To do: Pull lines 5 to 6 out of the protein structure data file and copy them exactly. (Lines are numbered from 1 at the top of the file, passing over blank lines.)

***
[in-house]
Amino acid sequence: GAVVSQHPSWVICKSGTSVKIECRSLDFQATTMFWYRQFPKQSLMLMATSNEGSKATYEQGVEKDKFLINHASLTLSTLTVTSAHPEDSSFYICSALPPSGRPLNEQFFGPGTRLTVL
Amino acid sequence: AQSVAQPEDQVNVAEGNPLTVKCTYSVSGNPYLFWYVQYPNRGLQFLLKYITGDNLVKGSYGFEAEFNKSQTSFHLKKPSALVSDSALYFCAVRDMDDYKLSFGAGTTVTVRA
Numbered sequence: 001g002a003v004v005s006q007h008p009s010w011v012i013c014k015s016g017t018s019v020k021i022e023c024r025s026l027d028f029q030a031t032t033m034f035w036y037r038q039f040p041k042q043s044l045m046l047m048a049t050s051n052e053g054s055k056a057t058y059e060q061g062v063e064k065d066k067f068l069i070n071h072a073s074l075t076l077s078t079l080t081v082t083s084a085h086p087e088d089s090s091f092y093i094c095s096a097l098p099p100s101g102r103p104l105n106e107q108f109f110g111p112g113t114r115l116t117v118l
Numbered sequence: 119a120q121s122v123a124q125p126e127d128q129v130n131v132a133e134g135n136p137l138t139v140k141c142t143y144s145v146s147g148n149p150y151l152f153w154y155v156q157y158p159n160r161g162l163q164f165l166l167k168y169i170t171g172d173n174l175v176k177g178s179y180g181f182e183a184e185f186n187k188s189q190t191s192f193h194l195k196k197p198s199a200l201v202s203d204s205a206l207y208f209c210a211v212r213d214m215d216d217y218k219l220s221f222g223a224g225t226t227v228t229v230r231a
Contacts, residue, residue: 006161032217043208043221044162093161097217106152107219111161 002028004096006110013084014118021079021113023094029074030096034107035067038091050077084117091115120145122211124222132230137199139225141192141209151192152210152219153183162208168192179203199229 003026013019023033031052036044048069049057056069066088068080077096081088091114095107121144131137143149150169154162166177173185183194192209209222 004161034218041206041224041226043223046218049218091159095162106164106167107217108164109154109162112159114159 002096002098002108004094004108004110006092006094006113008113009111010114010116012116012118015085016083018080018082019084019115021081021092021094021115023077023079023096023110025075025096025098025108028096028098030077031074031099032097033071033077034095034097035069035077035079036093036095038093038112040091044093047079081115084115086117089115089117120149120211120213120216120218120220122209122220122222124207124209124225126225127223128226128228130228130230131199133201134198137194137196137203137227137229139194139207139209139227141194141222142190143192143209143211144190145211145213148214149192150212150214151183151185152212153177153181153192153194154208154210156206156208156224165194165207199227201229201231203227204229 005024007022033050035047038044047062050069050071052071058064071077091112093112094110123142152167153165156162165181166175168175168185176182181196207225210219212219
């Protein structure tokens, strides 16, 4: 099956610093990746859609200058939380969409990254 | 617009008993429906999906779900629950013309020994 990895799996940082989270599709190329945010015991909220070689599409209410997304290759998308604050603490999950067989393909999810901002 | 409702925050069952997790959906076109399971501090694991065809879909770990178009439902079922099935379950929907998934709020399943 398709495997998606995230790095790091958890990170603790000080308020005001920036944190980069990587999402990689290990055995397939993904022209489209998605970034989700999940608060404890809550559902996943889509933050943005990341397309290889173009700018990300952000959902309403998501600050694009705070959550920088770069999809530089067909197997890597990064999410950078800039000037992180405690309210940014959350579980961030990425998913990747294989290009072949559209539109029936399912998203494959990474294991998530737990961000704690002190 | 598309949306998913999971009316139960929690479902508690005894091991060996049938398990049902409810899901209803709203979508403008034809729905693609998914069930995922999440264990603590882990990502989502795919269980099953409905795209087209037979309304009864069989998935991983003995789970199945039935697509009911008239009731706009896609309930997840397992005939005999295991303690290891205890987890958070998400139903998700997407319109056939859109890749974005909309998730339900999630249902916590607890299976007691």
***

Numbered sequence: 119a120q121s122v123a124q125p126e127d128q129v130n131v132a133e134g135n136p137l138t139v140k141c142t143y144s145v146s147g148n149p150y151l152f153w154y155v156q157y158p159n160r161g162l163q164f165l166l167k168y169i170t171g172d173n174l175v176k177g178s179y180g181f182e183a184e185f186n187k188s189q190t191s192f193h194l195k196k197p198s199a200l201v202s203d204s205a206l207y208f209c210a211v212r213d214m215d216d217y218k219l220s221f222g223a224g225t226t227v228t229v230r231a
Contacts, residue, residue: 006161032217043208043221044162093161097217106152107219111161 002028004096006110013084014118021079021113023094029074030096034107035067038091050077084117091115120145122211124222132230137199139225141192141209151192152210152219153183162208168192179203199229 003026013019023033031052036044048069049057056069066088068080077096081088091114095107121144131137143149150169154162166177173185183194192209209222 004161034218041206041224041226043223046218049218091159095162106164106167107217108164109154109162112159114159 002096002098002108004094004108004110006092006094006113008113009111010114010116012116012118015085016083018080018082019084019115021081021092021094021115023077023079023096023110025075025096025098025108028096028098030077031074031099032097033071033077034095034097035069035077035079036093036095038093038112040091044093047079081115084115086117089115089117120149120211120213120216120218120220122209122220122222124207124209124225126225127223128226128228130228130230131199133201134198137194137196137203137227137229139194139207139209139227141194141222142190143192143209143211144190145211145213148214149192150212150214151183151185152212153177153181153192153194154208154210156206156208156224165194165207199227201229201231203227204229 005024007022033050035047038044047062050069050071052071058064071077091112093112094110123142152167153165156162165181166175168175168185176182181196207225210219212219